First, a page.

ACTING OUT OF NOTHINGNESS
“Acting out of Nothingness” unites individual views through the lens of commonality: a shared interest in the everyday. Driven by ideas resonant to Japanese culture, the artworks explore and unearth hidden codes, which are often overlooked in an apparently systematic and homogenised society. Challenging new perceptions, the exhibition layers new rhythms of individuality over the measured cadence of the artists’ collective backgrounds. Exhibition dates: Special Frieze Opening: Artist Talk: Location:
12 September - 20 October 2012 19 – 20 October 2013 15 October 2013 Daiwa Foundation Japan House 13/14 Cornwall Terrace, Outer Circle London, NW1 4QP http://www.dajf.org.uk
About APT Institute APT Institute is a non-proﬁt organization founded in 2013 by the Artist Pension Trust® in response to the need among contemporary artists for global exposure and recognition of their artworks. Designed for curators, museums, and art organizations worldwide, Loans & Exhibitions facilitates loan requests and exhibition planning from the APT Collection; Art Concierge tailors art interactions between curators or other qualiﬁed art professionals and APT artists; and Global Connect arranges artist-in-residence programs, studios opportunities and artists networking exclusively for APT artists.
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Coinciding with the 2013 Frieze London Art Fair, “Acting out of Nothingness” displays artworks lent by APT Institute from the Artist Pension Trust® (APT) collection, the largest lending library of artworks by leading and emerging contemporary artists around the world.
According to Theodor Adorno, “it is part of morality not to be at home in one’s home.”1 Ian Bourland interprets this as a feeling of discomfort we feel within the world we have. Thus, we constantly investigate the present and work towards a “better future.”2 The artists exhibiting in “Acting out of Nothingness” have looked outward to the global community and the inﬂuences are reﬂected in their works. While we work to create a better future, “Acting out of Nothingness” encourages a life of mindfulness of the self within culture in which we exist.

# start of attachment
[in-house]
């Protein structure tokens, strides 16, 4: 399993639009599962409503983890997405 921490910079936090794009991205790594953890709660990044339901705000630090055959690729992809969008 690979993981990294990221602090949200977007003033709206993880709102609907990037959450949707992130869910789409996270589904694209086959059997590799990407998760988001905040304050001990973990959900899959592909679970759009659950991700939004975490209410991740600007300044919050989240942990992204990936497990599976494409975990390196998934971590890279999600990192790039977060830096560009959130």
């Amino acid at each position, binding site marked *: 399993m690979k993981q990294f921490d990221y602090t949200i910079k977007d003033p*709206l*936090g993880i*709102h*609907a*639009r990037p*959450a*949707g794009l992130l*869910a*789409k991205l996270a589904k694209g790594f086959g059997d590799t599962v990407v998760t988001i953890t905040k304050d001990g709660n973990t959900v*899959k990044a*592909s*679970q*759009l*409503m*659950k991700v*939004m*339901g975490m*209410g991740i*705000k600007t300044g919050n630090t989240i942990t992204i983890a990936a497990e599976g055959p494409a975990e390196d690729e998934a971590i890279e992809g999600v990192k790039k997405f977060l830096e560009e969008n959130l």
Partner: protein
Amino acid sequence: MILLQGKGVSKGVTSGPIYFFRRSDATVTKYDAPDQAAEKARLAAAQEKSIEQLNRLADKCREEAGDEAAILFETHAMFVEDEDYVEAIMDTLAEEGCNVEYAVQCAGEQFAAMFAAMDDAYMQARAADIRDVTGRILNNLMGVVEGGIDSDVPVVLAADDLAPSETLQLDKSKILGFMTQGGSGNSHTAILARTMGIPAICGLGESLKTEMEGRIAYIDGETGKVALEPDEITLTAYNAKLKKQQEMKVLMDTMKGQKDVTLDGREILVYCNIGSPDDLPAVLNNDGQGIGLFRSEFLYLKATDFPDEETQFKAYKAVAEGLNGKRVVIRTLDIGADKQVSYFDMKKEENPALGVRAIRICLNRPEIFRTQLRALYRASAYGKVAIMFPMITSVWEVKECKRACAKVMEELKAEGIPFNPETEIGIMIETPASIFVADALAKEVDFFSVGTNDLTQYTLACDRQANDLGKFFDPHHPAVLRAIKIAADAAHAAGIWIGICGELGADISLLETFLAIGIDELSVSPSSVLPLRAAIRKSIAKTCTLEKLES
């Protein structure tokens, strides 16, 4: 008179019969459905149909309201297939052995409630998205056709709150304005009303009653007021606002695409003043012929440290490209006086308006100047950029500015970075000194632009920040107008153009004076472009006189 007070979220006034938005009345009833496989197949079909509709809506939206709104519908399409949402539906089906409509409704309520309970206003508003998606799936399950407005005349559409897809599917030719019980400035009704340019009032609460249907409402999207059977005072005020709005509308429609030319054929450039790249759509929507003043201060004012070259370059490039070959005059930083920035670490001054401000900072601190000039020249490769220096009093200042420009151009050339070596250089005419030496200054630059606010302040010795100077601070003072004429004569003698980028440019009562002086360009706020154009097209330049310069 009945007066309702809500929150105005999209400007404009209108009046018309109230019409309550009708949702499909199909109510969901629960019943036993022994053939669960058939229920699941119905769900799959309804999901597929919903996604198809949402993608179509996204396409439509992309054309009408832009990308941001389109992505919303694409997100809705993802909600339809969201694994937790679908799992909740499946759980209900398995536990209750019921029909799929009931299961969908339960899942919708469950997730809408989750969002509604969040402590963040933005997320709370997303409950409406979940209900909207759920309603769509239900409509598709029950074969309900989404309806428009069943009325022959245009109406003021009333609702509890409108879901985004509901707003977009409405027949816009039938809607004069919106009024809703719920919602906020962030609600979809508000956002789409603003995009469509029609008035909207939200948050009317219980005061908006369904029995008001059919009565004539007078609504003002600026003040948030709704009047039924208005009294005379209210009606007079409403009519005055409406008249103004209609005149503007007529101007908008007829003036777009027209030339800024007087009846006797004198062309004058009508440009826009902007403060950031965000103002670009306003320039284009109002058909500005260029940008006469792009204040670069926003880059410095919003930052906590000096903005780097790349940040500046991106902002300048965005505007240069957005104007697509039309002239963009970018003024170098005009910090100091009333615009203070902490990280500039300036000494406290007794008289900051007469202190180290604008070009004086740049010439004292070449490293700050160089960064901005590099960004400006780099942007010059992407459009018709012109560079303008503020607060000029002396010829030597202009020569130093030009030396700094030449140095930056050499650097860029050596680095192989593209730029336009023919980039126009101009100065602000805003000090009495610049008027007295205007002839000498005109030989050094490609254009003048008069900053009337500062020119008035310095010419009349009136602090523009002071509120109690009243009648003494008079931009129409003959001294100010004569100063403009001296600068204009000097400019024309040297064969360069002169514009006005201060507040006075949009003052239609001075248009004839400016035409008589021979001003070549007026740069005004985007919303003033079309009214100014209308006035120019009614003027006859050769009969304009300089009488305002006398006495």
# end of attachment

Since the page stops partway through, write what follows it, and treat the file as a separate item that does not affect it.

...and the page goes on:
Featuring ITO Zon, MURAYAMA Goro, SASAKI Kanako, TANAKA Koki, TOMII Motohiro, WADA Masahiro, and YAGI Lyota, “Acting out of Nothingness” exhibits an array of art demonstrating the melding of tradition and innovation in Japanese culture. Acting out of Nothingness shows a seamless fusing of old and new within post-war Japan as the Asiatic sense of identity is examined and challenged.
Routine actions are raised to acts of artistic beauty in the exhibit’s artwork. “Acting out of Nothingness” elevates everyday objects and actions to an iconic status. What we describe as “doing nothing,” daily tasks such as bathing, dressing, or catching a train are captured and displayed as works of art. Mass urbanization has created a perception of homogeneity and a loss of the individual throughout Japanese culture. The artists in “Acting out of Nothingness” use their artwork to depict contemporary society. Within these works the individual exists on multiple planes. The “self” stands in conﬂict against the “other” in the present, past, and future. These are contrasted against the “collective self” of Japan. Using a wry sense of humour, the artists question their sense of self-identity in an attempt to justify their own existence and that of the society in which they dwell. Individuality as well as a global collective self is created within the artwork through the range of techniques used by the artists. The artists create their own self-identity using a range of subjects and media, thereby isolating themselves as individuals in the exhibit. Simultaneously the artists connect to the global viewer through the commonplace subject matter. In this way international viewers connect to the everyday tasks being portrayed.